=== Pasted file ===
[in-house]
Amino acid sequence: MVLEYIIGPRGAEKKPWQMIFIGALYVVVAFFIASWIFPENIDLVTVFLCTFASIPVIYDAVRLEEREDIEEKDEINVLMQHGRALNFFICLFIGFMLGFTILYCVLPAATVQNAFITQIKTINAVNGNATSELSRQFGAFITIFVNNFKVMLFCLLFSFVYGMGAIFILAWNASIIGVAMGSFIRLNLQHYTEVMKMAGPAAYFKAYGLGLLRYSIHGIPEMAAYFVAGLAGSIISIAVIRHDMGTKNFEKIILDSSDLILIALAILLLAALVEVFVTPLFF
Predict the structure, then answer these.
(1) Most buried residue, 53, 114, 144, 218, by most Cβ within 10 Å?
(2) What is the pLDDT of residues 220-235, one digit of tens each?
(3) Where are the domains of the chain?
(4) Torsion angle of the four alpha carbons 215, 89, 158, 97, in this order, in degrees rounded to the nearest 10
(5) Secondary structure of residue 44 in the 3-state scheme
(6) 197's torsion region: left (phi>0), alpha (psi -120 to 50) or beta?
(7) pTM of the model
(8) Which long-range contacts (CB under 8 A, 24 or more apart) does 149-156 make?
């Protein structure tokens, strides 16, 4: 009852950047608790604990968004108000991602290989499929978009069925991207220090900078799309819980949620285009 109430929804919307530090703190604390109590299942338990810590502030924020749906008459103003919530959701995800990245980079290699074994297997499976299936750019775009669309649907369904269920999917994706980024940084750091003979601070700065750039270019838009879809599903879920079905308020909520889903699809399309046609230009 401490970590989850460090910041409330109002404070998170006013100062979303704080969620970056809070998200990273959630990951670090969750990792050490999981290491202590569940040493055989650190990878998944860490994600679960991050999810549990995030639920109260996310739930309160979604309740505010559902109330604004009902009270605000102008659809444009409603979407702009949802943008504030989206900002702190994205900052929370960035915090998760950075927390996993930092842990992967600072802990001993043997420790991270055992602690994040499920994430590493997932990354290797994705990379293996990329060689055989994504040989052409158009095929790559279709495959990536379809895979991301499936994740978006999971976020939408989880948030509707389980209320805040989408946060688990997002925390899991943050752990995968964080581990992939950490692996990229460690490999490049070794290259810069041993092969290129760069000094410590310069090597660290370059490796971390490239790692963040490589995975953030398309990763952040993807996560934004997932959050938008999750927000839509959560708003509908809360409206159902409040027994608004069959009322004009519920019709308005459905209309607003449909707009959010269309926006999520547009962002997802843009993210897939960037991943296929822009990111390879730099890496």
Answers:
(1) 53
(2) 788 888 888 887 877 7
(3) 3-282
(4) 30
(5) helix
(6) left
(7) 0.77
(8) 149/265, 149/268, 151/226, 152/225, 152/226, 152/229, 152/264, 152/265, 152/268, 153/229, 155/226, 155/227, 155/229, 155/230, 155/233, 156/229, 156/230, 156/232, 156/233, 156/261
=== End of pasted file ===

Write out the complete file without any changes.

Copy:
[in-house]
Amino acid sequence: MVLEYIIGPRGAEKKPWQMIFIGALYVVVAFFIASWIFPENIDLVTVFLCTFASIPVIYDAVRLEEREDIEEKDEINVLMQHGRALNFFICLFIGFMLGFTILYCVLPAATVQNAFITQIKTINAVNGNATSELSRQFGAFITIFVNNFKVMLFCLLFSFVYGMGAIFILAWNASIIGVAMGSFIRLNLQHYTEVMKMAGPAAYFKAYGLGLLRYSIHGIPEMAAYFVAGLAGSIISIAVIRHDMGTKNFEKIILDSSDLILIALAILLLAALVEVFVTPLFF
Predict the structure, then answer these.
(1) Most buried residue, 53, 114, 144, 218, by most Cβ within 10 Å?
(2) What is the pLDDT of residues 220-235, one digit of tens each?
(3) Where are the domains of the chain?
(4) Torsion angle of the four alpha carbons 215, 89, 158, 97, in this order, in degrees rounded to the nearest 10
(5) Secondary structure of residue 44 in the 3-state scheme
(6) 197's torsion region: left (phi>0), alpha (psi -120 to 50) or beta?
(7) pTM of the model
(8) Which long-range contacts (CB under 8 A, 24 or more apart) does 149-156 make?
């Protein structure tokens, strides 16, 4: 009852950047608790604990968004108000991602290989499929978009069925991207220090900078799309819980949620285009 109430929804919307530090703190604390109590299942338990810590502030924020749906008459103003919530959701995800990245980079290699074994297997499976299936750019775009669309649907369904269920999917994706980024940084750091003979601070700065750039270019838009879809599903879920079905308020909520889903699809399309046609230009 401490970590989850460090910041409330109002404070998170006013100062979303704080969620970056809070998200990273959630990951670090969750990792050490999981290491202590569940040493055989650190990878998944860490994600679960991050999810549990995030639920109260996310739930309160979604309740505010559902109330604004009902009270605000102008659809444009409603979407702009949802943008504030989206900002702190994205900052929370960035915090998760950075927390996993930092842990992967600072802990001993043997420790991270055992602690994040499920994430590493997932990354290797994705990379293996990329060689055989994504040989052409158009095929790559279709495959990536379809895979991301499936994740978006999971976020939408989880948030509707389980209320805040989408946060688990997002925390899991943050752990995968964080581990992939950490692996990229460690490999490049070794290259810069041993092969290129760069000094410590310069090597660290370059490796971390490239790692963040490589995975953030398309990763952040993807996560934004997932959050938008999750927000839509959560708003509908809360409206159902409040027994608004069959009322004009519920019709308005459905209309607003449909707009959010269309926006999520547009962002997802843009993210897939960037991943296929822009990111390879730099890496």
Answers:
(1) 53
(2) 788 888 888 887 877 7
(3) 3-282
(4) 30
(5) helix
(6) left
(7) 0.77
(8) 149/265, 149/268, 151/226, 152/225, 152/226, 152/229, 152/264, 152/265, 152/268, 153/229, 155/226, 155/227, 155/229, 155/230, 155/233, 156/229, 156/230, 156/232, 156/233, 156/261